I experienced living in military housing from the 1950’s through the late 1970’s. My experience was two-fold. I lived in non-commissioned officers quarters as a military dependent on three United States Air Force Bases. I also lived in officer’s quarters as an adult serving as a company grade officer on active duty.
If you don’t think military housing is important consider a statistic provided by military.com. Their research shows a fifteen percent higher re-enlistment rate on installations with high-quality and newer housing than locations with lower-quality housing.
I loved living on-base as a dependent and on-post when on active duty. Military housing offers a tight–knit community. Housing is assigned by rank. What that generally means is if you’re a military brat you live in a neighborhood with kids your own age. You have an endless supply of playmates. As a service member you live in a community of people about the same the same age. You have lots of neighbors that are at the same stage of life that you are. It provides great support for spouses during deployments. You’ll have spouses nearby who are ready to help for your as you get settled into your new environment.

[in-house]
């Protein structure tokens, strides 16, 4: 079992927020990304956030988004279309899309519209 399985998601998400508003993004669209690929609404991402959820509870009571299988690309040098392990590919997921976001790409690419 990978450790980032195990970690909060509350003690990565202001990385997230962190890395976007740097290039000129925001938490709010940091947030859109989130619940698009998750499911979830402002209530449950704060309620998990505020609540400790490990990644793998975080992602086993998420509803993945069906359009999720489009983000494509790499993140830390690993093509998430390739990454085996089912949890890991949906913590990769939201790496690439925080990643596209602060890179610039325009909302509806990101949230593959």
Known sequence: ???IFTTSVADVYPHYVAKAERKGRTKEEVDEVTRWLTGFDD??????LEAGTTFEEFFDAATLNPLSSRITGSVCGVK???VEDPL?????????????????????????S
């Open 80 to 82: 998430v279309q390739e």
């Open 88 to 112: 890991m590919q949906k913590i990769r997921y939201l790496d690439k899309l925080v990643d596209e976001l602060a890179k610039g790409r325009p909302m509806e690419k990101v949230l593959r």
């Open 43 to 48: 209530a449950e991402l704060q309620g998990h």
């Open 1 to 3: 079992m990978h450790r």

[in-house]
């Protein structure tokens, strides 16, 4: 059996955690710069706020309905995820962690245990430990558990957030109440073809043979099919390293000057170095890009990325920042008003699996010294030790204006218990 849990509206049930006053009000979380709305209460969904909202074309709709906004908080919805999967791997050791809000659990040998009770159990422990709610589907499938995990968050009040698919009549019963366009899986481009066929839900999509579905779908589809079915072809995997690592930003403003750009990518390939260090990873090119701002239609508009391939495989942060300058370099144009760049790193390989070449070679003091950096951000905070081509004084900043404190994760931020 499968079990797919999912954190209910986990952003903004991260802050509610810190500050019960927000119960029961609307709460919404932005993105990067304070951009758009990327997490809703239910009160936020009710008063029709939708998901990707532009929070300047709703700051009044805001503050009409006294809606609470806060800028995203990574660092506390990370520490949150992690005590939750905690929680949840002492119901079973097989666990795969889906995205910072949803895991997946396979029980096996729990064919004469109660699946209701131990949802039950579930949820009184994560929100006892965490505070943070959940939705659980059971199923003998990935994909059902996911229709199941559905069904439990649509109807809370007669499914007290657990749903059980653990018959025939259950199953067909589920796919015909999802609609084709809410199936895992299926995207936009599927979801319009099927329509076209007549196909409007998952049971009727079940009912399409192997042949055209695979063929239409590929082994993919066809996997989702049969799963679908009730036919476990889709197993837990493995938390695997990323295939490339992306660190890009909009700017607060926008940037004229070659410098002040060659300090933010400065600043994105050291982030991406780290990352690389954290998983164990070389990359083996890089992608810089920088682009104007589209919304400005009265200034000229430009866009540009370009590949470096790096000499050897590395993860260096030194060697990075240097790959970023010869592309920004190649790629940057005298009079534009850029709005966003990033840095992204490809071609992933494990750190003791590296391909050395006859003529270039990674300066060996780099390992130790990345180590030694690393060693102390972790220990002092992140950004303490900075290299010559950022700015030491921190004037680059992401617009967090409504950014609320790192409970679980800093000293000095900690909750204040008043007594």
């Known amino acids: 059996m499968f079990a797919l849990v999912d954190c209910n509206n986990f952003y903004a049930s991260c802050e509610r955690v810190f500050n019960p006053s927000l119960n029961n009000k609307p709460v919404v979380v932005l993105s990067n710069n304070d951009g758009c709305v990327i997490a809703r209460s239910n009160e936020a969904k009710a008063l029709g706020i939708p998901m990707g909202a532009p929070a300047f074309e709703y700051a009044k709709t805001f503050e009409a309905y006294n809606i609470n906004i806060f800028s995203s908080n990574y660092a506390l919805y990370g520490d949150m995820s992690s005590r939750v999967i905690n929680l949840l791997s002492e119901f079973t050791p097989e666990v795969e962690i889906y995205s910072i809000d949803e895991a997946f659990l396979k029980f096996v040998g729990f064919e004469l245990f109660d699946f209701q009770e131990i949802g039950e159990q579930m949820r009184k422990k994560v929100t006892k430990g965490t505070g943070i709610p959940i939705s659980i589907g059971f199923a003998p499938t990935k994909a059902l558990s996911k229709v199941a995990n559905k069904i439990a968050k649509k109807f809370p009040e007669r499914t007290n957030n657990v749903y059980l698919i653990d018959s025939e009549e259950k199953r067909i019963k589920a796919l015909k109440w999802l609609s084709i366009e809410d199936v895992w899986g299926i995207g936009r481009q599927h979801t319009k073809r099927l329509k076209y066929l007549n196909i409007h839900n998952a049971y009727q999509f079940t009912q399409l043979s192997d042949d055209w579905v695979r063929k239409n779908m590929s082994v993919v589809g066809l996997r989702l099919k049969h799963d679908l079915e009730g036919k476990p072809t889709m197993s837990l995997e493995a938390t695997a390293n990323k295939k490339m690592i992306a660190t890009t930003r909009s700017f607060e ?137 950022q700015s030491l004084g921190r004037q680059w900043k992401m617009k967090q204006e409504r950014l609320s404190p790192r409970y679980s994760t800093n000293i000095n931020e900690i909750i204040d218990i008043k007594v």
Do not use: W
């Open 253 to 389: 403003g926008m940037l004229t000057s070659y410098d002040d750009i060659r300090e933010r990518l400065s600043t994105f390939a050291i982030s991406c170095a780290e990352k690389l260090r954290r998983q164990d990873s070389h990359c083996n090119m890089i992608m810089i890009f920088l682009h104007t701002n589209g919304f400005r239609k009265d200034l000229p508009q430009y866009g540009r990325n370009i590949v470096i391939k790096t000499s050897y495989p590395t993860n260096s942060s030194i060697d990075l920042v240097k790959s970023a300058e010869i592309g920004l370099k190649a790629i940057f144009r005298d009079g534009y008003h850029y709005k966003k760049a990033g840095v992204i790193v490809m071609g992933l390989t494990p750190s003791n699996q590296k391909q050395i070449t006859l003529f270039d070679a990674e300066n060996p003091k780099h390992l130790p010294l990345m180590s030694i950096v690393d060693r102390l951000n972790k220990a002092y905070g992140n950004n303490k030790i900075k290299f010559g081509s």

Another plus is maintenance. If something breaks it is fixed at minimal or no cost. When I served at Fort Lewis I just had to go pick up what I needed to fix a leaky faucet.
While you may not have as much privacy as you wish, with your commanding officer and company members living next door or right around the corner, the benefits greatly offset the negatives in my experience. Also, the yards were held to high standards. They were mowed and trimmed weekly or you got in trouble.
The best part as a military brat was the neighborhood kids. I could always find someone with whom to play ball. The facilities on base/post were awesome. Libraries, swimming pools, scouts, dances, and a very safe environment made growing up fun.